Did you enjoy the last bank holiday?
You should have done. The weather was glorious, the kids were still on holiday and it was the last chance to really soak up the best that the British summer can offer.
But do you know if you are legally entitled to time off work for a bank holiday?
There is nothing in the law to say you are definitely entitled to a break from work just because the day has been declared a public holiday, so a definitive answer will probably be best found in your contract.
What the law does say is that all employees have the right to a minimum of 5.6 weeks of annual leave, but this may or may not include public holidays depending on the wording of your employment contract.
So, it’s important to check just what you signed up to when you took on your current job.
If your contract gives you 28 days off inclusive of bank holidays, this generally means you get 20 days holiday with the eight national holidays we receive included in your holiday allowance.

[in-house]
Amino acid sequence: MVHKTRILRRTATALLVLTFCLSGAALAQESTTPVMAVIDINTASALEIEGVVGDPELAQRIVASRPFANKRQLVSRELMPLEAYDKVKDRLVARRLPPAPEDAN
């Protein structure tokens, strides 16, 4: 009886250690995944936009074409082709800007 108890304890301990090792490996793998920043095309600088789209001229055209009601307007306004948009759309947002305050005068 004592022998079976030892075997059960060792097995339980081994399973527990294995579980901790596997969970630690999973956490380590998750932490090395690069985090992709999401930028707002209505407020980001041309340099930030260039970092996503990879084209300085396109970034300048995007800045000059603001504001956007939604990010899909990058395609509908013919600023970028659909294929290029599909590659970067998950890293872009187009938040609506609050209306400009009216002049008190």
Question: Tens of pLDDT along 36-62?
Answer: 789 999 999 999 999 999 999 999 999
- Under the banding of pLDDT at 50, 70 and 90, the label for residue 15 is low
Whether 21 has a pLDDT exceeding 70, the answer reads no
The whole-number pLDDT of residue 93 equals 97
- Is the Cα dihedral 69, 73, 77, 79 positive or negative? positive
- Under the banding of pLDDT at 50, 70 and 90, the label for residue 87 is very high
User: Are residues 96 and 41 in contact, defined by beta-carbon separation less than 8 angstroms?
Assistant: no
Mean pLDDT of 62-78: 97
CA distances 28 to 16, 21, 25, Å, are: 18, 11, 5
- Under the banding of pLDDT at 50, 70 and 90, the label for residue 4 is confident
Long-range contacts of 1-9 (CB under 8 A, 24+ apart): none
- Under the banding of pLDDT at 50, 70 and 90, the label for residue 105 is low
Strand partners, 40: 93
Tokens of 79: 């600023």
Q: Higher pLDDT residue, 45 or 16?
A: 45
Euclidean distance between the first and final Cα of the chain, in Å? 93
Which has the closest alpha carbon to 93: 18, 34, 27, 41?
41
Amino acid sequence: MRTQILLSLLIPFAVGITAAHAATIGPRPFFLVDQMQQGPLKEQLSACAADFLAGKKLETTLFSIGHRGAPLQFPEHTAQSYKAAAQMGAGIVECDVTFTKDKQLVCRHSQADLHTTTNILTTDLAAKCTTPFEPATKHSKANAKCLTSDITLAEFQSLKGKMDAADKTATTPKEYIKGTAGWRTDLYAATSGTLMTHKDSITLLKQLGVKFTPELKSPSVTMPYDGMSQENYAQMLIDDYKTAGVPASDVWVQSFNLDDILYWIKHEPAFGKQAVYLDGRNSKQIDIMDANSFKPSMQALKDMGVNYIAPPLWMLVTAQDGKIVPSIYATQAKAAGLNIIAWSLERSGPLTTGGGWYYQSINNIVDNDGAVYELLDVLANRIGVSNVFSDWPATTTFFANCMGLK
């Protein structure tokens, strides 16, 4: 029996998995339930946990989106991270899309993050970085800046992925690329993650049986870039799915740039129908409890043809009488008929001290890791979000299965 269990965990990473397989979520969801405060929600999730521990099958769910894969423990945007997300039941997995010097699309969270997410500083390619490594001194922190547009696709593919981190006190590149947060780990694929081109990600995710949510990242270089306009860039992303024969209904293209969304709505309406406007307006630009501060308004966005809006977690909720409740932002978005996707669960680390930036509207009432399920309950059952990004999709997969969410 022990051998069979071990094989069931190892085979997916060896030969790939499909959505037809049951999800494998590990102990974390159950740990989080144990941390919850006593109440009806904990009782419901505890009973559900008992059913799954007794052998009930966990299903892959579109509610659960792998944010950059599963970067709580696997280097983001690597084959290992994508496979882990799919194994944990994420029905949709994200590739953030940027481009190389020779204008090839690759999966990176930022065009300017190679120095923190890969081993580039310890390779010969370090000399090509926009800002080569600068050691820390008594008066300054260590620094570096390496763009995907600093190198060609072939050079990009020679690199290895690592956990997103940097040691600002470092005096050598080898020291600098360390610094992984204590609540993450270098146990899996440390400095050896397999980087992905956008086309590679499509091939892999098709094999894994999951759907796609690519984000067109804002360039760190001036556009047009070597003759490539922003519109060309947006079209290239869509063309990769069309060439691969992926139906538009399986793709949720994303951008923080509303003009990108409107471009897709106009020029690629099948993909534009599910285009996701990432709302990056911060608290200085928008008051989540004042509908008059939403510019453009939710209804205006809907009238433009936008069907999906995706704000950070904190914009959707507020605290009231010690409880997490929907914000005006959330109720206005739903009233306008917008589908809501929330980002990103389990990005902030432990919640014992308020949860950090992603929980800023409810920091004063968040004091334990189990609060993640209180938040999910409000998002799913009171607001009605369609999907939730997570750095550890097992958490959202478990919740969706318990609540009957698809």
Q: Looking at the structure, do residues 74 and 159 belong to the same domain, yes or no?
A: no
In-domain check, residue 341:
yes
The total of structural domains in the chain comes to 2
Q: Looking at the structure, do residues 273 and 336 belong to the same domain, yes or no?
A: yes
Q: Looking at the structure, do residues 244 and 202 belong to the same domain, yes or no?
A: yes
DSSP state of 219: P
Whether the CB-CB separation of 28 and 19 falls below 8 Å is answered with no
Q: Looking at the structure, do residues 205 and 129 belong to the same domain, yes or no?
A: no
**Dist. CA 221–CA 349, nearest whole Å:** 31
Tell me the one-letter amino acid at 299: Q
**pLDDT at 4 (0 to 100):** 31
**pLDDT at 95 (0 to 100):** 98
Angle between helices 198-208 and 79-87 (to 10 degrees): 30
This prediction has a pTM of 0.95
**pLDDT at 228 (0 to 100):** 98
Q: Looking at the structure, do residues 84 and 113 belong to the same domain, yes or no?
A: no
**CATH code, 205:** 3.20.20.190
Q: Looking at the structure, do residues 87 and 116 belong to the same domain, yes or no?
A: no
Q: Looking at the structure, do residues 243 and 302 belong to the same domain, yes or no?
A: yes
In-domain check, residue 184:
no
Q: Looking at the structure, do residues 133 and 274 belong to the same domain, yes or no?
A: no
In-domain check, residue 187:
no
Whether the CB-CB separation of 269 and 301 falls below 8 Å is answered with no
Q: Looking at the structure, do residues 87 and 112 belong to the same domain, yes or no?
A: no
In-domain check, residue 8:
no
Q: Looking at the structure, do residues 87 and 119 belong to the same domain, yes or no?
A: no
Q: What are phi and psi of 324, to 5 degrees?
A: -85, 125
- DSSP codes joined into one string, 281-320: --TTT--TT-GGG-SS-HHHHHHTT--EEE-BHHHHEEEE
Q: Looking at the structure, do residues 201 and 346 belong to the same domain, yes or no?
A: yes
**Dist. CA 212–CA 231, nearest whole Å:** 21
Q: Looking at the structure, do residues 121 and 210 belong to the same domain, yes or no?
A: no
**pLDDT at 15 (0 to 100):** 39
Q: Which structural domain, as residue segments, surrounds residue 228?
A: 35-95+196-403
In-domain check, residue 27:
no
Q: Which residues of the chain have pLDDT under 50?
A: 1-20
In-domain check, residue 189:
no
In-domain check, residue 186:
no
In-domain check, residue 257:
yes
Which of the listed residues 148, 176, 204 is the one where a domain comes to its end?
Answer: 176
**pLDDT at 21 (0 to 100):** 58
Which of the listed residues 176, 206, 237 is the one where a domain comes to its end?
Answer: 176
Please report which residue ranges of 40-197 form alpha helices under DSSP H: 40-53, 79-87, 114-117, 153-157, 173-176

But if you have a clause giving you 28 days plus bank holidays, then you’ll actually be able to take 36 days off each year in total.
And it’s also worth checking what your contract says about extra pay for working a bank holiday. Again, there is no legal right to be paid more, but it may well be that your employer has agreed to a bonus payment in your terms of employment.
This, of course, all applies to those in full-time employment.
But part-time members of staff have a legal right to not be treated less favourably than their full-time colleagues.
So employers cannot give their full-time workers a bank holiday but insist part-timers come in. The safest approach by far is to build a pro-rata allowance into the part-time staff’s holiday entitlement so that they share equally in whatever benefits have been agreed.
Don’t forget, if you are worried that your employer is making you work when you cannot, or not paying you what you are entitled to, we can help. Just click on the link to get a free consultation.